In March 2022, the Massachusetts Department of Environmental Protection implemented a maximum contaminant level of 20 parts per trillion for the sum of six PFAS compounds, according to Stanton, with each of six PFAS variants at a maximum level of four parts per trillion. Well 6 was the only well with water detected above that level of contamination. The proposed treatment system will treat the water to both state and federal standards. Removing manganese and iron from the water would require the construction of a different type of plant that would extract those minerals at a parts-per-million ratio, Stanton said, as well as PFAS at a parts-per-trillion ratio.
Design requirements implemented by MassDEP changed since the initial $600,000 estimate, Stanton said. She noted that the process of backwashing water into the ground no longer is allowed. In addition, she said the state is working to find a place to dispose of PFAS because only one landfill in the state is accepting it.
Khumalo introduced Thomas Temple as the interim Department of Public Works director. Temple worked as the Assistant DPW director in Marlborough and the DPW director for Chatham, where he dealt with PFAS contamination in the tourist community before his retirement.
Said Temple: “Everything that you’ve experienced, I’ve experienced in the Town of Chatham.”
He also noted that there is quarterly water sampling of the wells.
Residents asked about the use of home reverse osmosis filters to extract these chemicals.
“I can assure you that reverse osmosis is the most expensive,” said Stanton, noting that there is no way for the town to monitor it. Governments are reluctant to endorse this process, Khumalo added.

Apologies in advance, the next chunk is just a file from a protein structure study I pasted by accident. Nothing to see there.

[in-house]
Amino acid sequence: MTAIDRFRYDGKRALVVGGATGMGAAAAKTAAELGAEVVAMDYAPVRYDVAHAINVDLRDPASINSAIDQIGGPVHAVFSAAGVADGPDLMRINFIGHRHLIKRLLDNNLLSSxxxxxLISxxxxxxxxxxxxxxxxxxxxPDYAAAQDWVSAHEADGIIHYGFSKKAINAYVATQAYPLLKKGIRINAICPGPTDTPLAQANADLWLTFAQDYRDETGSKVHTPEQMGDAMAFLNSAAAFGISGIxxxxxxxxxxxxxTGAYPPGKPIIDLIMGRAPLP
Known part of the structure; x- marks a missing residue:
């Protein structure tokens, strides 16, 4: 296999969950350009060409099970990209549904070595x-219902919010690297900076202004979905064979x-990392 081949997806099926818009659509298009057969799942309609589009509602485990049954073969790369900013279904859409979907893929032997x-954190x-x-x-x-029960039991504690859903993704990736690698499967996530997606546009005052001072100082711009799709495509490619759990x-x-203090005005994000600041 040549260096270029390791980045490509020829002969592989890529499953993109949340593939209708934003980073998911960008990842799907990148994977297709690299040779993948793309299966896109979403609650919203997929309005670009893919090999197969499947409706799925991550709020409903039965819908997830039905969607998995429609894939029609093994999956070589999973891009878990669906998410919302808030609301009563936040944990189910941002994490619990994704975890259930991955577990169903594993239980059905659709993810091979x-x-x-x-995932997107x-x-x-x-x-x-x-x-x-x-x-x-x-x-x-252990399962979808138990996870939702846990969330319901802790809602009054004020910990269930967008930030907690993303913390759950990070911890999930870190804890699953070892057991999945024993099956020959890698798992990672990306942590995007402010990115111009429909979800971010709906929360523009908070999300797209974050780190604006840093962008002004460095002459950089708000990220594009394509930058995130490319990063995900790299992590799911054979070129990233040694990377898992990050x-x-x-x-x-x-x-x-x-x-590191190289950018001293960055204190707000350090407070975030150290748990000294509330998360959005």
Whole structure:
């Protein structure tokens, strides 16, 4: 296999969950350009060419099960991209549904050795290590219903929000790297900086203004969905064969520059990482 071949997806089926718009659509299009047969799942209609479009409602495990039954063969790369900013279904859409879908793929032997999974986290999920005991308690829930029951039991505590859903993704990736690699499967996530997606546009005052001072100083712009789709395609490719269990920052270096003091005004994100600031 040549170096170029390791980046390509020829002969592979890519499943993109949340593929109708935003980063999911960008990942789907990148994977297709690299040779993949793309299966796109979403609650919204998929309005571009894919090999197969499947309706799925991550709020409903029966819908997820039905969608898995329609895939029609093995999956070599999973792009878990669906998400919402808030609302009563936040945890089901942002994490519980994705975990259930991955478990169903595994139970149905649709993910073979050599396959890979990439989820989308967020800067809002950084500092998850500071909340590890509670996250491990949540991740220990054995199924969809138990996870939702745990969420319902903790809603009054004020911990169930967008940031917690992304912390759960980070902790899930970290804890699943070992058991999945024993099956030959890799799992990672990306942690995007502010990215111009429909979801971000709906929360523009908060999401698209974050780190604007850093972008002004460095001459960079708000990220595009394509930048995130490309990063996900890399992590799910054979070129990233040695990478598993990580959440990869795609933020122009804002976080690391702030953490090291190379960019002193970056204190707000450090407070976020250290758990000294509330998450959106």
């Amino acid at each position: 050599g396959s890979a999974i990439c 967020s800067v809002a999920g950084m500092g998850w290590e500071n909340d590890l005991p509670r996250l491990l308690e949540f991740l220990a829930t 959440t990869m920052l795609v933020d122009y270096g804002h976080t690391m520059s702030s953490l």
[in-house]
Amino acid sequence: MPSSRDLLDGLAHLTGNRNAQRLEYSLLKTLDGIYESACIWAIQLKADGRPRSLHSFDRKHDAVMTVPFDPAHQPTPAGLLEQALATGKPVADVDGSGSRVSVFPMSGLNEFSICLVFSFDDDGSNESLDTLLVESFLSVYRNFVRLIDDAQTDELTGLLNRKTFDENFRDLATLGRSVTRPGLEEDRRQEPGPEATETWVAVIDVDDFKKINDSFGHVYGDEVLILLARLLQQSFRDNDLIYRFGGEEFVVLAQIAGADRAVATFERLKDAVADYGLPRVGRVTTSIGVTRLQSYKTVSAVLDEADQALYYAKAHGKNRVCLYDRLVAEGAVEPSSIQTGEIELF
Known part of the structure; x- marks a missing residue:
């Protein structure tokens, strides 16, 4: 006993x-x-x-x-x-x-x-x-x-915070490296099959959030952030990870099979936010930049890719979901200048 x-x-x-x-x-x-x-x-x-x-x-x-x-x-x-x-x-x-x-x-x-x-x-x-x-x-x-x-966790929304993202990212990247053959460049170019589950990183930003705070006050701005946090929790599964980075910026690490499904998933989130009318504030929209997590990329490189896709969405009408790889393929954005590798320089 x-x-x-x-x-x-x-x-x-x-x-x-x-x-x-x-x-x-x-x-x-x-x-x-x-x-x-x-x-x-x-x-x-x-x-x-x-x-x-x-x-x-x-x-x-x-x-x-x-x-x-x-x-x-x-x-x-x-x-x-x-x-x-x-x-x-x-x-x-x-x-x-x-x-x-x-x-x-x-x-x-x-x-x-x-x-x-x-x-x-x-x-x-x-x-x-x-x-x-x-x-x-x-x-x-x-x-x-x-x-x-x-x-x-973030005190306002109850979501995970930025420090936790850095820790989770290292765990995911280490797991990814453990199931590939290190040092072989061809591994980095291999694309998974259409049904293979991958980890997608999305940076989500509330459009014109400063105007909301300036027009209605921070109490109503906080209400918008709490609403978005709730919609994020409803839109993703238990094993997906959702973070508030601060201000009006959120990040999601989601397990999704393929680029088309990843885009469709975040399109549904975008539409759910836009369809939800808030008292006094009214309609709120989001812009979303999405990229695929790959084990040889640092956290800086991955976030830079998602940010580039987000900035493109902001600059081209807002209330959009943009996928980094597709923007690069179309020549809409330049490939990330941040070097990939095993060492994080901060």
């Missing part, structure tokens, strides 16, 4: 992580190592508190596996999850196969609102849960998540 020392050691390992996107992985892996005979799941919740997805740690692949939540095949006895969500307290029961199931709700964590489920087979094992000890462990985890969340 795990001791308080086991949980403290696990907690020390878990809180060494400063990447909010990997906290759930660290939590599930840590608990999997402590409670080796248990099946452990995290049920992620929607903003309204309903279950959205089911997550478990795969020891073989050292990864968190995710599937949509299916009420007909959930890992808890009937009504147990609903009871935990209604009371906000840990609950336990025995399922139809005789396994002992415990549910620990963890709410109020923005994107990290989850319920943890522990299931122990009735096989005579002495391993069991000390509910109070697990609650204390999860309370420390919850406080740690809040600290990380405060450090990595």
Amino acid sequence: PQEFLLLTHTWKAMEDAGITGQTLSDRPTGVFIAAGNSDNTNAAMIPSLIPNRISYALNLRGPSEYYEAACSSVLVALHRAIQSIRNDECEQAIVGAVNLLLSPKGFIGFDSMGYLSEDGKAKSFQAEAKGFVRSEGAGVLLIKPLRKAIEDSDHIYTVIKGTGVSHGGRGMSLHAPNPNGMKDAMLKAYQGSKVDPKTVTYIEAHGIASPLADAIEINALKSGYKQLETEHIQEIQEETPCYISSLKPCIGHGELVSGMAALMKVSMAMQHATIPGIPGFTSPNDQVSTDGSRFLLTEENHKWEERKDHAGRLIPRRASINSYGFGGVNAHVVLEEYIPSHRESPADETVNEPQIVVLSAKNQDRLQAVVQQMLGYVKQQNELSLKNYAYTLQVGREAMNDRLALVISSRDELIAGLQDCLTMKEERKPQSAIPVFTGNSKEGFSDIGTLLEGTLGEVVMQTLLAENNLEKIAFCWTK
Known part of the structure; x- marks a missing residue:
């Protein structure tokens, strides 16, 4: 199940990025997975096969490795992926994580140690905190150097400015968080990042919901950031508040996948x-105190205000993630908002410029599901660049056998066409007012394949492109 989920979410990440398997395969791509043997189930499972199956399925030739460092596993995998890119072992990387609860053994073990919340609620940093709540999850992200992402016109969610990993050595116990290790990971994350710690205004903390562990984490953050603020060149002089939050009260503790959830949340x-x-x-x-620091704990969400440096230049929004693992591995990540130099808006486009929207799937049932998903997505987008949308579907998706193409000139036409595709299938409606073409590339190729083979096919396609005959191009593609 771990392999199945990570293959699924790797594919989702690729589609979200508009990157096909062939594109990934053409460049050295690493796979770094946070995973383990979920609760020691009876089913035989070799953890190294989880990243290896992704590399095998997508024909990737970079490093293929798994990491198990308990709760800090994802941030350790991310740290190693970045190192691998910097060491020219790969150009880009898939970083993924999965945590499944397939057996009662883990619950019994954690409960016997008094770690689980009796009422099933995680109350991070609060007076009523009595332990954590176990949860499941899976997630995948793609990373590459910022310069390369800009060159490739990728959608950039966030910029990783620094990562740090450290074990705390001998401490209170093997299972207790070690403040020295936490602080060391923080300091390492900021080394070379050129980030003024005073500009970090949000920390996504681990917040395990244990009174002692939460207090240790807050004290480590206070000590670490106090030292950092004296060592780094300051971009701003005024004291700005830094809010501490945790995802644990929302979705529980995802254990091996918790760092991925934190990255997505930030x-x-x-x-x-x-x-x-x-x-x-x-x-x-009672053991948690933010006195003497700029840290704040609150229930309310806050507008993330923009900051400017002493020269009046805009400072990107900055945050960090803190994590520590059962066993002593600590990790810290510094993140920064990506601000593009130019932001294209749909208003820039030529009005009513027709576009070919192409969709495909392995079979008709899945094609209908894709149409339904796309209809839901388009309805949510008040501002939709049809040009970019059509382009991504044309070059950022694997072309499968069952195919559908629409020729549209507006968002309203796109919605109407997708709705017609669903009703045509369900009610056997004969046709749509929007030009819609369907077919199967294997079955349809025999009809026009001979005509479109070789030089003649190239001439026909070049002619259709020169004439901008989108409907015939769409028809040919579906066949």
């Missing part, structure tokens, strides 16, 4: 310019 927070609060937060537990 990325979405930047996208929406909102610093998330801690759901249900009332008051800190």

Residents questioned if connecting to the MWRA system was a foregone conclusion at this point.
“PFAS was the trump card for Hopkinton, in my opinion,” Stanton said, noting that the MWRA can deal with a wider variety of potential contaminants.
Khumalo explained that a study was funded to see if an MWRA connection would be appropriate for the town. A survey was conducted last year that recommended that point-of-entry monitoring would be the most efficient for the town, and the water would comply with Safe Drinking Water Act standards. Funds already have been appropriated for the design process to begin for an MWRA connection via Southborough. The design process may take two to three years.
Khumalo clarified that several years ago, Town Meeting approved funding for a connection via Ashland. At a more recent Town Meeting, there was a vote to reallocate that money for the design of an MWRA connection through Southborough.
Said Khumalo: “We have stated clearly we still need to go back to Town Meeting to discuss and — if approved by Town Meeting — appropriate funds for the actual construction to the MWRA.”
Select Board member Muriel Kramer stressed that the filtration system is “an interim solution,” with an MWRA connection as a permanent solution. She also asked if some of the ARPA funding could be set aside to help homeowners with private wells to address and mitigate their PFAS concerns.
Khumalo said that would be “a policy decision” that would need to be reviewed by the town.
The connection of 35% of the town to private wells was another point raised, as well as whether residents with private wells will test for it. Stanton noted that the same volume of water is not used at facilities such as businesses and golf courses as opposed to private homes.
Health Director Shaun McAuliffe said he met with MassDEP officials two weeks ago, and they are working on what the private well standard will be.
Khumalo noted that the town is still in the “early stages” of formulating the town’s annual water rates. This process should be completed “in the coming weeks.”
To clarify, Ms. Stanton noted that wells 1 and 2 had high manganese and iron, and a system to fully remove these minerals would cost in the range of $20M, which is one of the factors leaning the argument towards an MWRA hook-up.
I spoke with her afterwards, and she indicated that with the Ashland water supply, water from well 6 (the high PFAS well) likely contributes about 50% of the water that is distributed to the public.